Whether or not home-field advantage for the playoffs was on the line, Monday night's matchup in the Bronx was elevated into a gala affair, as the Yankees had chosen the first night of their final regular-season homestand to unveil a monument to deceased principal owner George Steinbrenner, who passed away on July 13. Following the introduction of Steinbrenner's four children and several grandchildren to the crowd of 47,437 came a video tribute that bore a suspicious resemblance to the one which played during the team's July 16 pre-game tribute to the Boss (also a game against the Rays, one won in emotional fashion by a Swisher walk-off homer).
Next came a procession of current Yankees players and coaches, the Steinbrenner family, commissioner Bud Selig, and a cavalcade of pinstriped alumni, including not only Yogi Berra and Reggie Jackson but also Roy White, Lee Mazzilli, Tino Martinez, David Wells, and even more notably, Joe Torre and Don Mattingly. Three days after the announcement of the latter as the successor to the former's position as Dodgers' manager, both took advantage of the team's off day to fly in for their first visit to Yankee Stadium since their unseemly 2007 departures; prior to the game general manager Brian Cashman met privately to mend fences with Torre, as the two hadn't spoken since then. Both returning heroes were greeted with the warmest ovations of the night from the near-capacity crowd.
After much ceremony, a massive plaque—seven feet by five feet, weighing in at 760 pounds—was unveiled; the thing easily dwarfed the headstone-like monuments to Babe Ruth and Mickey Mantle, to say nothing of the lesser lights whose smaller plaques adorn the back wall of the dark, dusty and colorless excuse for a forgotten garage which the Yankees have turned Monument Park into in their new stadium. The team stood silently as the plaque's inscription was read then Frank Sinatra's "My Way" played during the family photo ops (son Frank Jr. would sing "God Bless America" in the seventh inning). The final scene of the festivities was a poignant one, as the lone figure of Mariano Rivera still gazed reverently at the monument before the participants dispersed.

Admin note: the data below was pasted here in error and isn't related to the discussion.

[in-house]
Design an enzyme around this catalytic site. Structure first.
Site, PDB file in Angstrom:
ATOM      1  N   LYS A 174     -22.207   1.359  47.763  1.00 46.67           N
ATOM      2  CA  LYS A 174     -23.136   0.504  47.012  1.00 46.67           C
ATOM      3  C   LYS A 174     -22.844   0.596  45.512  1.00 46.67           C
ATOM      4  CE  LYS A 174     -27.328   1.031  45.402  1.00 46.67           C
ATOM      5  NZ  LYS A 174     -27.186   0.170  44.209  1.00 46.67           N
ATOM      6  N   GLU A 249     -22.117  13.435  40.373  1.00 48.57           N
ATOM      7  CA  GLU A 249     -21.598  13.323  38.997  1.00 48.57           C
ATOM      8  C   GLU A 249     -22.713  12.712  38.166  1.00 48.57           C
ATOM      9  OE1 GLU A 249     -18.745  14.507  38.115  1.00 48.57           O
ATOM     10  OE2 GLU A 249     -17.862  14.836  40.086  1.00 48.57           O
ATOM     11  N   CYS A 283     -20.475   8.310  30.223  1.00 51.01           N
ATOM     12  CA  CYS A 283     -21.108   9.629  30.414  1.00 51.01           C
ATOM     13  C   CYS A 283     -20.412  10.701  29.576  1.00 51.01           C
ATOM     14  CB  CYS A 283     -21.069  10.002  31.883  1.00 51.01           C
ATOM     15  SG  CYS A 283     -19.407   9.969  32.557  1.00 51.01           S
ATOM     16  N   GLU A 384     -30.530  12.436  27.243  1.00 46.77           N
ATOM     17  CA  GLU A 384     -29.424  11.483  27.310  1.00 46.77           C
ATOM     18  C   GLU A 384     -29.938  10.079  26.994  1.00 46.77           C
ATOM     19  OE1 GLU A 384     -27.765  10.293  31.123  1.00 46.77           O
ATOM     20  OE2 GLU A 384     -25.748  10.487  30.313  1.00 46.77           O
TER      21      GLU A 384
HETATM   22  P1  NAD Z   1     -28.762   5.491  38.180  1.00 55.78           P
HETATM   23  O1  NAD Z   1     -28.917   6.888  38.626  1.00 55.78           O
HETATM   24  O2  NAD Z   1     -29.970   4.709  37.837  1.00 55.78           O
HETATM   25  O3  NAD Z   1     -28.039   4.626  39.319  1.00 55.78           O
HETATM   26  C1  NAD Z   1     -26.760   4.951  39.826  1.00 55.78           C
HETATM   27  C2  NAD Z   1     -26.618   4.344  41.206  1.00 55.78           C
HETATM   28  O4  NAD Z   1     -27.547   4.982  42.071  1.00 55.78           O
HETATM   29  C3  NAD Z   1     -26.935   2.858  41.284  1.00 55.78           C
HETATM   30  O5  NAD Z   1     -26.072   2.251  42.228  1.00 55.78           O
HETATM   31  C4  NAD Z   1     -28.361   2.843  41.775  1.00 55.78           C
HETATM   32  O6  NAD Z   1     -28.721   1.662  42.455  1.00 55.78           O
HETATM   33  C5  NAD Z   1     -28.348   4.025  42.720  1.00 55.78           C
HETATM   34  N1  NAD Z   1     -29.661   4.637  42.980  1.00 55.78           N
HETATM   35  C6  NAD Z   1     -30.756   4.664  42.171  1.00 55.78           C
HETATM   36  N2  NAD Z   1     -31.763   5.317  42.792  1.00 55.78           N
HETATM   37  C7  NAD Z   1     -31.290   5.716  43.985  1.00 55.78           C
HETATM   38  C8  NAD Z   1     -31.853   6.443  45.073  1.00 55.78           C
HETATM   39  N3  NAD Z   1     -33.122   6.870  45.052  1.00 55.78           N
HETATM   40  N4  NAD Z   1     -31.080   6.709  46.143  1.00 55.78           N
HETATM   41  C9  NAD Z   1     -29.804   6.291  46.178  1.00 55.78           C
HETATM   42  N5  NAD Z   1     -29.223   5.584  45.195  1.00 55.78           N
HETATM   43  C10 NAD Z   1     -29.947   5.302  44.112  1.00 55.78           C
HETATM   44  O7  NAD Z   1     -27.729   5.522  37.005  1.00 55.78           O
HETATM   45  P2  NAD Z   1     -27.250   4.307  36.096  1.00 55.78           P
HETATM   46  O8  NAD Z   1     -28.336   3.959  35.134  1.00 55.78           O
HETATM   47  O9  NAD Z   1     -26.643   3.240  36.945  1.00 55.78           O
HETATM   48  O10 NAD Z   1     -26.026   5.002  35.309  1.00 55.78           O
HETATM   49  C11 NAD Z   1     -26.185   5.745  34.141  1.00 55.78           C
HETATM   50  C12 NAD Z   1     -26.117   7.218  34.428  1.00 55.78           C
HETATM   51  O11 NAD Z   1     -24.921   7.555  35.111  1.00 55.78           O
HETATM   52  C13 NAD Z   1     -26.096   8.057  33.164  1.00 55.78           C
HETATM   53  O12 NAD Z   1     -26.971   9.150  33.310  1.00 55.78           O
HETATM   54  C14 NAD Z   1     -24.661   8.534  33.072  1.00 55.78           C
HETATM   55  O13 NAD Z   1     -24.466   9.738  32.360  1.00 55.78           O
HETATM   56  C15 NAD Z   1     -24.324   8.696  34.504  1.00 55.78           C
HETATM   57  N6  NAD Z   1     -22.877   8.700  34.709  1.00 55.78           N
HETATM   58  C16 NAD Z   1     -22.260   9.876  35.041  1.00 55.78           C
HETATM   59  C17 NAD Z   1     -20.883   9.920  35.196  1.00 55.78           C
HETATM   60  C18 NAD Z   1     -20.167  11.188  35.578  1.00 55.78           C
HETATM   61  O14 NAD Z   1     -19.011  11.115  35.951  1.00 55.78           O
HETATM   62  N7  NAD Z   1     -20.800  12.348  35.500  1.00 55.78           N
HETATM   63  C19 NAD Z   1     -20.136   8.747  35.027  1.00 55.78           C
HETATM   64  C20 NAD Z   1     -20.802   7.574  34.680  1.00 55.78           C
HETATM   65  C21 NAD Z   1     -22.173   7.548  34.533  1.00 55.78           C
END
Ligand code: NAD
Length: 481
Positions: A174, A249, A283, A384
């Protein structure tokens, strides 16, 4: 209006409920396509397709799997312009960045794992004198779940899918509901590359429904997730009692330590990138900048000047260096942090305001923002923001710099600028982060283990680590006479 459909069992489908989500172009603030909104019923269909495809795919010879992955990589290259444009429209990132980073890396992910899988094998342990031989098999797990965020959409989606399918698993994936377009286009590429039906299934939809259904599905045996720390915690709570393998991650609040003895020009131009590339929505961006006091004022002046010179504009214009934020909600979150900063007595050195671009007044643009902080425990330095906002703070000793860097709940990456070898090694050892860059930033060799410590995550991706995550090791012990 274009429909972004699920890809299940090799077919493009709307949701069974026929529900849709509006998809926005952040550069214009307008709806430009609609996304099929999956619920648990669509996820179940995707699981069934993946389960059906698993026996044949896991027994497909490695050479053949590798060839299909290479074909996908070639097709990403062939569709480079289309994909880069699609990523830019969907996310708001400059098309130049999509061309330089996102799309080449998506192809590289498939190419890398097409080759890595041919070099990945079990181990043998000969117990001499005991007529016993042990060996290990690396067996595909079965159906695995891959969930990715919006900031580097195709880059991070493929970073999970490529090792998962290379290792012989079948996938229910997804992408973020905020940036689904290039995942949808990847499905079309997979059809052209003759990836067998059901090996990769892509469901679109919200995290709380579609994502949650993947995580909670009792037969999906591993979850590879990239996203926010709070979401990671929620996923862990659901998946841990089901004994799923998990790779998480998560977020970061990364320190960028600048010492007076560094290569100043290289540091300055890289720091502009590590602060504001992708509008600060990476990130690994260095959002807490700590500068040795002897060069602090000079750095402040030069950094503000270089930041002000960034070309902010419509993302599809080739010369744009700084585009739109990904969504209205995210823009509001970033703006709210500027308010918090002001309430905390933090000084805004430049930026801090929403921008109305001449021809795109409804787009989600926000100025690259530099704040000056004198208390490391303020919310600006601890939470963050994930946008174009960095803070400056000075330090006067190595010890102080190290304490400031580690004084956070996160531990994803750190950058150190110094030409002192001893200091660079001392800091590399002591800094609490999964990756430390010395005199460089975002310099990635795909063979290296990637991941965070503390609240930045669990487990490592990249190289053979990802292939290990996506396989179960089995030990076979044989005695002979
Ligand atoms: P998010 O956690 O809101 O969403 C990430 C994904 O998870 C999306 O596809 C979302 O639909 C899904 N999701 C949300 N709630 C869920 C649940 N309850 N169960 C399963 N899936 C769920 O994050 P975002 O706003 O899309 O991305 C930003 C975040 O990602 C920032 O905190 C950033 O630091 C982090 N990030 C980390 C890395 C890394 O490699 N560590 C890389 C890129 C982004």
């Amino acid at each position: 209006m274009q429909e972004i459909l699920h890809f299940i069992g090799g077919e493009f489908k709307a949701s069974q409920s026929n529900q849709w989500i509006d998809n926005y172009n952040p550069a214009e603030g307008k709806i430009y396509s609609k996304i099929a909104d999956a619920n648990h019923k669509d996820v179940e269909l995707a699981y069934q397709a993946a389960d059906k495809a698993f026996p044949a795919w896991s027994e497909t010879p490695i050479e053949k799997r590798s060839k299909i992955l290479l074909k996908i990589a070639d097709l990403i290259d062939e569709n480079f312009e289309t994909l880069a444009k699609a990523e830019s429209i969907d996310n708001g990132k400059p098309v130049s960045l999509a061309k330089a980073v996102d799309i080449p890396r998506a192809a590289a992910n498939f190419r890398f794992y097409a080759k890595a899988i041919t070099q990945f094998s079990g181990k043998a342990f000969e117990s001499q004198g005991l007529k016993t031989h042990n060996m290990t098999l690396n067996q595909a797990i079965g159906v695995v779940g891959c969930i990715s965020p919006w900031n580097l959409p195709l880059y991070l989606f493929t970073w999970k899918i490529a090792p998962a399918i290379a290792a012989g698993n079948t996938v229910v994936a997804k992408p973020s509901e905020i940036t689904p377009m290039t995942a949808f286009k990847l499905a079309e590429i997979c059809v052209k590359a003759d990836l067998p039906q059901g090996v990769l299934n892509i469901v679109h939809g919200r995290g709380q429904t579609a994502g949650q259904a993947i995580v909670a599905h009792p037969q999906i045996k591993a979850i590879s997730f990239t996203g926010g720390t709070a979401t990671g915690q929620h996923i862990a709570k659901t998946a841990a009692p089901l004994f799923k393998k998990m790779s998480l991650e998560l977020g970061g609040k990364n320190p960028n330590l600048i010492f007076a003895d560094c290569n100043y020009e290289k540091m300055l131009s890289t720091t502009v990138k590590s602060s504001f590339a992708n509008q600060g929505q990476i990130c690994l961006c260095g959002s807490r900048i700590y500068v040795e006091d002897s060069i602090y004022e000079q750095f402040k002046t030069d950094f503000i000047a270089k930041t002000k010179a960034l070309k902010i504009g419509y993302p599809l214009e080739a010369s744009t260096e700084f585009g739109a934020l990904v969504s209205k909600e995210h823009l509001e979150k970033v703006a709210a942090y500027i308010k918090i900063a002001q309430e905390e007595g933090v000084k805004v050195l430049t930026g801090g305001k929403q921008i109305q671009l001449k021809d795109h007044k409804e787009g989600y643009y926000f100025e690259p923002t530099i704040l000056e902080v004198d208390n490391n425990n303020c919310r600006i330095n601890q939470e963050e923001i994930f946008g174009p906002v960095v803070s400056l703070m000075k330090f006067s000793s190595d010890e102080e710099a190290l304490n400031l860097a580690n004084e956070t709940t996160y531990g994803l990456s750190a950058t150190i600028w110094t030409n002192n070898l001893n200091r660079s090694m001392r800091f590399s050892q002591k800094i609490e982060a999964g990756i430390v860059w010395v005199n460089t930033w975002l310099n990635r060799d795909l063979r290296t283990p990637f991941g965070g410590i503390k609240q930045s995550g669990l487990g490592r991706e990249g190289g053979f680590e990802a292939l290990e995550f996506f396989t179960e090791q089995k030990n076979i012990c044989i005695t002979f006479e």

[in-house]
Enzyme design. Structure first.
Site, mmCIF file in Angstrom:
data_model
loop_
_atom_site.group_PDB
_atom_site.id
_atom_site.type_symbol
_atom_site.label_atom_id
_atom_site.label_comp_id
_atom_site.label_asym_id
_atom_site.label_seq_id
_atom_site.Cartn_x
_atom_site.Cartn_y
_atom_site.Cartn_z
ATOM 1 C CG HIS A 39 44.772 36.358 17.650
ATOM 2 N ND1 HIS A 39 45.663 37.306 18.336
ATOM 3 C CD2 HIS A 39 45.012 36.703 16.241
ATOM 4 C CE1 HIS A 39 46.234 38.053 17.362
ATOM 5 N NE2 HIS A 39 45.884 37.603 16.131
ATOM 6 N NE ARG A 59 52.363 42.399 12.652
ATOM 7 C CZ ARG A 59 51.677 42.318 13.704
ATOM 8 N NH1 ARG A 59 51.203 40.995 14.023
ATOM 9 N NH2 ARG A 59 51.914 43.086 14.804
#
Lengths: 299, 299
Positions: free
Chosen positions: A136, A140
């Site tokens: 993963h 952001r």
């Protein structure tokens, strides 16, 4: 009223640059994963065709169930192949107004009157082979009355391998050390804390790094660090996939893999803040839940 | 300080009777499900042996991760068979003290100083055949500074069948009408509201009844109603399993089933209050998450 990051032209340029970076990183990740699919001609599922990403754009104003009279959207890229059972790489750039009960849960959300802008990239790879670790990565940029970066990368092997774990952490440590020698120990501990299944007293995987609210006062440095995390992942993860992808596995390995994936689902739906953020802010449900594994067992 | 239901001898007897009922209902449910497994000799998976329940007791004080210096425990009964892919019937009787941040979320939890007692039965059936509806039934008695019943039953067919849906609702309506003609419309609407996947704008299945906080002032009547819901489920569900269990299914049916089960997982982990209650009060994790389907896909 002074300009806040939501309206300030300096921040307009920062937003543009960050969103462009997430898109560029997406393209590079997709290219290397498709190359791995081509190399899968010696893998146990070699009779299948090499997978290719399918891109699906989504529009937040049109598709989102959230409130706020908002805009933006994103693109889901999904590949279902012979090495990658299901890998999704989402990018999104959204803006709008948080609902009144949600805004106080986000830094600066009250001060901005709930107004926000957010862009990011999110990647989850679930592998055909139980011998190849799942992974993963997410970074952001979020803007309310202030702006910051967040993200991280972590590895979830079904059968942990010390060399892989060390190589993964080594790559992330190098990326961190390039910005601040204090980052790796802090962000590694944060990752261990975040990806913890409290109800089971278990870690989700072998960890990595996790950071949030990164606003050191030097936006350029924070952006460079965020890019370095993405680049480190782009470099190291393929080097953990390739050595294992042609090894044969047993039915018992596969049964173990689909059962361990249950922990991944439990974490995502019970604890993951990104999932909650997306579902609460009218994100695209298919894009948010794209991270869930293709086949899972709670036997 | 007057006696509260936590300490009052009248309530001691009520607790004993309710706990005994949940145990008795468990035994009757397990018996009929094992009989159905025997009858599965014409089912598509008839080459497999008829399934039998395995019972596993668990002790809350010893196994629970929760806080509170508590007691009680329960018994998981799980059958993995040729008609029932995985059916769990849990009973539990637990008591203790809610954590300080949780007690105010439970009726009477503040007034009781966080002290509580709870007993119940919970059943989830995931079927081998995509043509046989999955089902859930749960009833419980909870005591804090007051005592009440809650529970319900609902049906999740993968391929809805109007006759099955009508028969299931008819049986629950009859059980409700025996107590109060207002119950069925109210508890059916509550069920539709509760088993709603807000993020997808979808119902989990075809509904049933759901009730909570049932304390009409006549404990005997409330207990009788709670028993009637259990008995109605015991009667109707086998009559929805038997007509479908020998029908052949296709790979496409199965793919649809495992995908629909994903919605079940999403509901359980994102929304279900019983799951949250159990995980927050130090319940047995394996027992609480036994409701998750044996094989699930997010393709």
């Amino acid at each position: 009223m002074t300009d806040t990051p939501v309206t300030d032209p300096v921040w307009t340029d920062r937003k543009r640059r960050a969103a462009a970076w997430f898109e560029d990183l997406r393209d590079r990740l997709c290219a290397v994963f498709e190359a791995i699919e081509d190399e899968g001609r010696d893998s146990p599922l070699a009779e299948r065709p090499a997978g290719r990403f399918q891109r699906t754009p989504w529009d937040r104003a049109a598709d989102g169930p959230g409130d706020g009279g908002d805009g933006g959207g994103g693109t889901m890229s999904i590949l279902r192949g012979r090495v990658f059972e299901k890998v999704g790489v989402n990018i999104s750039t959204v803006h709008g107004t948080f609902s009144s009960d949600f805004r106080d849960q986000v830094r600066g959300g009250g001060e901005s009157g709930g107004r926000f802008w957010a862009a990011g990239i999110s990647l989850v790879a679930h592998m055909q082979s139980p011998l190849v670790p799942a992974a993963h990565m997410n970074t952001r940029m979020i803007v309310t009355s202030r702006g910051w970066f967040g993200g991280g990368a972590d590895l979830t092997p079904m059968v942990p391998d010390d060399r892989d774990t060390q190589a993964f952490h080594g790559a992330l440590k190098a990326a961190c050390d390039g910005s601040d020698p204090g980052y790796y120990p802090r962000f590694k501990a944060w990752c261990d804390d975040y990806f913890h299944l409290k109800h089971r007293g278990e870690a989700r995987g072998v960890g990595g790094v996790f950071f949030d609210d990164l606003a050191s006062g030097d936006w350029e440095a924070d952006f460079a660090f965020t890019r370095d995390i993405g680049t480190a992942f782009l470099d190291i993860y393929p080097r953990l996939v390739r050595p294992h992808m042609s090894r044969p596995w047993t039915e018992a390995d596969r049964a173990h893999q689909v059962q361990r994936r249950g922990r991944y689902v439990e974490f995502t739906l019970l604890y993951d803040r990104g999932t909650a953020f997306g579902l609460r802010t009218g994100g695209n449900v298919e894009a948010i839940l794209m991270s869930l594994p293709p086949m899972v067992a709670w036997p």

As for the game itself, the night's matchup featured Matt Garza on the hill for the Rays and Ivan Nova for the Yankees, a rematch of the one game the Yanks won down in St. Petersburg last week. The Yanks had battered Garza for nine hits, two homers and six runs in 4
The first five innings whizzed by, though Garza had far from his best stuff; his velocity was down a tick or two, his command spotty. He served up a two-run homer to Curtis Granderson in the third inning, the 28th he'd allowed of the season, third in the AL behind teammate James Shields and the Yankees' Javier Vazquez. Furthermore, Garza failed to notch not only a single strikeout but a single swing-and-miss through the first four innings. He finally got both after Mark Teixeira took a checked swing just a little too far in the fifth, but by then he'd almost lost the plot entirely, loading the bases with no outs thanks to a Ben Zobrist error, a ground-rule double down the right-field line by Derek Jeter, and a walk to Granderson. The Yankees added another run via an Alex Rodriguez sacrifice fly to left field, and Garza then intentionally walked Robinson Cano to reload the bases, a move which backfired when Swisher worked a five-pitch walk to plate the Yankees' fourth run. Garza finally escaped his mess by getting Lance Berkman to pop up.
Meanwhile, Nova, who's enjoyed something of a breakout season thanks to added velocity, continued to stake his case for a post-season start by yielding just one hit and one walk over the first five frames while striking out four, all of them on curveballs (three swinging, one looking). Alas, he got into trouble during the sixth inning, just as the Rays' lineup turned over for the second time. That's a continued problem for Nova, who's held hitters to a .225/.259/.392 showing in their first two plate appearances and a .391/.517/.435 showing in their third time up—an indication that his stuff may only go so far at the major-league level. "I've been doing the same thing I'm not supposed to do and I've got to figure it out," he'd say sheepishly after the game.